So you think you are good at contracting …
For thousands of years, humans believed that their fate lay in the hands of the gods. Health, justice, social position – all were determined by the will of whatever deity they happened to espouse.
Yet steadily, individuals started to question this fatalistic view of life. Initially, the fields of law and medicine were seen as closely linked to religion, as were other areas of expertise such as architecture or engineering. But over time these developed as distinct branches of study and practice, setting the framework for professionalism.
Professionals ask questions because they believe in continuous improvement. They build knowledge; they challenge accepted wisdom; they reject ignorance. So when it comes to expertise in contract and commercial management, how well are we doing? There are many questions we can pose, but I selected these six for a presentation at the recent IACCM Europe conference because they reflect recent conversations with senior managers and politicians.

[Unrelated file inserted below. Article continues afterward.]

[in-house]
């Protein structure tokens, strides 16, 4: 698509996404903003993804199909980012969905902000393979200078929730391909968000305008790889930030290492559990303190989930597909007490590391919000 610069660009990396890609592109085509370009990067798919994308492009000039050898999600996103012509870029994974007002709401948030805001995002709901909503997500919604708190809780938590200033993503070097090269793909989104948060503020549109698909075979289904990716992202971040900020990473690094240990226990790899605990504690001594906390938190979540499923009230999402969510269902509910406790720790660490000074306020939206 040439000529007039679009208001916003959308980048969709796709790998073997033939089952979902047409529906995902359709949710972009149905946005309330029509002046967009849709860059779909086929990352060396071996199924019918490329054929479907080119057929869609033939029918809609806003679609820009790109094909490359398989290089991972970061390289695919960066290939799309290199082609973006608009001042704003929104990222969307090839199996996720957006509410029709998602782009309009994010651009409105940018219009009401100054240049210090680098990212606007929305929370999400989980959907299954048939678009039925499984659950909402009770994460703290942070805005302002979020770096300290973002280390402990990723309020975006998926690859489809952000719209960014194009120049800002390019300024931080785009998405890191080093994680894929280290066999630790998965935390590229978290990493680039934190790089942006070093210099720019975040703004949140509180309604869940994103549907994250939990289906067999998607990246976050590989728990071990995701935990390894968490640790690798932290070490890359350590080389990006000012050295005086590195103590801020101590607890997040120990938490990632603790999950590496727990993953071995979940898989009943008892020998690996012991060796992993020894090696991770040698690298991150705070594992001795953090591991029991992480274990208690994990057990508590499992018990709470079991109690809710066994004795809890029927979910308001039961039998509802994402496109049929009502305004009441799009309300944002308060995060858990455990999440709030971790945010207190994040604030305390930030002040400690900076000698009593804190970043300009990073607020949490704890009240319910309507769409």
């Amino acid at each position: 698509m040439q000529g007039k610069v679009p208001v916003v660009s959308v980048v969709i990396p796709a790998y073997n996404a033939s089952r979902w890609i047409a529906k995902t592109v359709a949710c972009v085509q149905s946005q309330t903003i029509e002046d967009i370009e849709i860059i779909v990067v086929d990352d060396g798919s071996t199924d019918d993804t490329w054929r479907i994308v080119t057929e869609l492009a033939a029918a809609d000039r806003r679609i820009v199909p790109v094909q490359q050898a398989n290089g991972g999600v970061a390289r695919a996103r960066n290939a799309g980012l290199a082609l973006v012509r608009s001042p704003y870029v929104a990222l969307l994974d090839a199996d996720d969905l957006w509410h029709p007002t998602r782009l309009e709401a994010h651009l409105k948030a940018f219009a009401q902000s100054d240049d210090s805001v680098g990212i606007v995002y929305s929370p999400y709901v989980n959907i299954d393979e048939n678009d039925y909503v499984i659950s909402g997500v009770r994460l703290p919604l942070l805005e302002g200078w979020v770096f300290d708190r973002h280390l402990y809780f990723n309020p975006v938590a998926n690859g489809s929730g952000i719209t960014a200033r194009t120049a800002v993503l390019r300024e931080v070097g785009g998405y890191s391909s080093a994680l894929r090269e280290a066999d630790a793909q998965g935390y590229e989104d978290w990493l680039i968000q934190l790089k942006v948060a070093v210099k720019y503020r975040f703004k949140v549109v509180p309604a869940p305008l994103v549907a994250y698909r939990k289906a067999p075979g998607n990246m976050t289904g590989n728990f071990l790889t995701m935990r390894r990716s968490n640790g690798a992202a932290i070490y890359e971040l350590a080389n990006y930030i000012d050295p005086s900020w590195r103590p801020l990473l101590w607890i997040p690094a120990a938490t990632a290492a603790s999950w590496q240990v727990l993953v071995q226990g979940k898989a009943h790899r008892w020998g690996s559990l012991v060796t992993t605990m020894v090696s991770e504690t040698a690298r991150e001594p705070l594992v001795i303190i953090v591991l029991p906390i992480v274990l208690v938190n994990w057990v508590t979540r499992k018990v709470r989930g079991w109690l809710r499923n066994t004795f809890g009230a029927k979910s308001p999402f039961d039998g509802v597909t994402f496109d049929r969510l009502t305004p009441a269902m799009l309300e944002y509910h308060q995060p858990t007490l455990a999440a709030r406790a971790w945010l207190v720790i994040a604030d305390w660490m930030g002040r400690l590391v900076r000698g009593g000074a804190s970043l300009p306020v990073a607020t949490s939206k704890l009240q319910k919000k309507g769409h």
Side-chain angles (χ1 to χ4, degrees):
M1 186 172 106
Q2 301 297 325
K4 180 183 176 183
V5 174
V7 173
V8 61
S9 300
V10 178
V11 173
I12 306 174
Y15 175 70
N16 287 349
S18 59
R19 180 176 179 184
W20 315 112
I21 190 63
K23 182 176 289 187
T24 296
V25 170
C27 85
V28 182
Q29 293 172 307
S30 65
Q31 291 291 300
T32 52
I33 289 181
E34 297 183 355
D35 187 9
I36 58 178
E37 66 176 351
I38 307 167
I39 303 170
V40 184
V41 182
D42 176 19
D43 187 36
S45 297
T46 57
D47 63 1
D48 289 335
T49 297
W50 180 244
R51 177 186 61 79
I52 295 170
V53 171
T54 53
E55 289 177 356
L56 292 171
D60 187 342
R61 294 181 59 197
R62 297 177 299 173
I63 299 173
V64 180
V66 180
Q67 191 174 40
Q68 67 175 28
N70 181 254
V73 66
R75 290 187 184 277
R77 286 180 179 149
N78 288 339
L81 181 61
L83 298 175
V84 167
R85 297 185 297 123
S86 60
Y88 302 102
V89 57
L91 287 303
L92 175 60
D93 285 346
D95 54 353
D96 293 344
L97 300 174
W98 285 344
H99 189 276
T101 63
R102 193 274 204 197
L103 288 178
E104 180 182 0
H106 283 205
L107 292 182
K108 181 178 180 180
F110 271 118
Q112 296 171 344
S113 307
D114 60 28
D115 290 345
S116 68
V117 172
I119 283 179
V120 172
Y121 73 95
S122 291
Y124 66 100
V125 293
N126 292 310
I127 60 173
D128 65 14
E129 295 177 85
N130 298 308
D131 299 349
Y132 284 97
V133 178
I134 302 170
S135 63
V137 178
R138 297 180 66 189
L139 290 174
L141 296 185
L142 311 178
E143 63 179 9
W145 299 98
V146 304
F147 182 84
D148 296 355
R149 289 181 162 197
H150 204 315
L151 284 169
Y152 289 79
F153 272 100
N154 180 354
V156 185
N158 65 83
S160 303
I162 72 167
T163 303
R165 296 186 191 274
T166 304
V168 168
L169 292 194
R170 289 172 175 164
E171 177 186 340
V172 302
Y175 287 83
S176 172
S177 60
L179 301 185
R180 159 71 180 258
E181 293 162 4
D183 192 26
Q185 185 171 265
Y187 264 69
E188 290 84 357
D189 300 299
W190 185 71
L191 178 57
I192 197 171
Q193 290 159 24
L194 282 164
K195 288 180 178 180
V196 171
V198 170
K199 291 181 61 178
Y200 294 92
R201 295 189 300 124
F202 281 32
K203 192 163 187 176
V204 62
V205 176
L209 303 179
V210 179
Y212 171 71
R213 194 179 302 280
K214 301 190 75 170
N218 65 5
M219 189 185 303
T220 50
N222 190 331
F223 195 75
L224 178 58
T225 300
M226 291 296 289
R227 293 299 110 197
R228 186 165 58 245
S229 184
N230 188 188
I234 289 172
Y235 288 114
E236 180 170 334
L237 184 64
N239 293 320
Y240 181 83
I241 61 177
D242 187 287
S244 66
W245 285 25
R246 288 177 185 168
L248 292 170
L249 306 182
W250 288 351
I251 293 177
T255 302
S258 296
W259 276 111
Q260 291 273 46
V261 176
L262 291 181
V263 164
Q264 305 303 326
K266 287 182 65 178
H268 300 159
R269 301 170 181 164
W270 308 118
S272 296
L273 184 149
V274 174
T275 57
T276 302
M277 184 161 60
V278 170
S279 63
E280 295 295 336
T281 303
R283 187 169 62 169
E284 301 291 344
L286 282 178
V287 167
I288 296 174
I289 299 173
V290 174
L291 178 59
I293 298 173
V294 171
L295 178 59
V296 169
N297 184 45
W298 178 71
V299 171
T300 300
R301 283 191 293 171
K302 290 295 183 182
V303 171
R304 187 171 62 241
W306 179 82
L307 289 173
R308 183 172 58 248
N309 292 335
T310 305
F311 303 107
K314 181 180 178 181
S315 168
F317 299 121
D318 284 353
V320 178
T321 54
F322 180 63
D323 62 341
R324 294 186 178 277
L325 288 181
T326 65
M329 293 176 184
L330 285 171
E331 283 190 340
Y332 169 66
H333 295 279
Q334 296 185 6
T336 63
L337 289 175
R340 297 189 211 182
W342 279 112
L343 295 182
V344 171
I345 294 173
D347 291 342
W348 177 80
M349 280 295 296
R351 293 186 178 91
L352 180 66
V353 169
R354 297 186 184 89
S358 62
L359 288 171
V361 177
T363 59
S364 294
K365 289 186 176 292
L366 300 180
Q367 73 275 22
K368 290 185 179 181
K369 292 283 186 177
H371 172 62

- What percentage of our contracts under-perform – and why?
- What is the economic impact of different contract models or terms?
- What are the relative probabilities of the risks we seek to mitigate through our contracts?
- To what extent can high failure rates in major projects be reduced through improved contracting practices?
- What are the best models for performance-based contracts?
- How does contracting performance at your organization compare with competitors?
One response to these questions is to say that the answer lies in the hands of the gods. Another, more common, is to say that it is someone else’s responsibility (and therefore, by implication, suggest that contract and commercial management are simply short-term administrative tasks, generated by the errors or ignorance of others). A growing number – and I put myself among these – are determined to find answers, publish them and build the body of knowledge that elevates the discipline of contract and commercial management.
So how well do you score on the questions above; and what would you add to the list of things that we should know?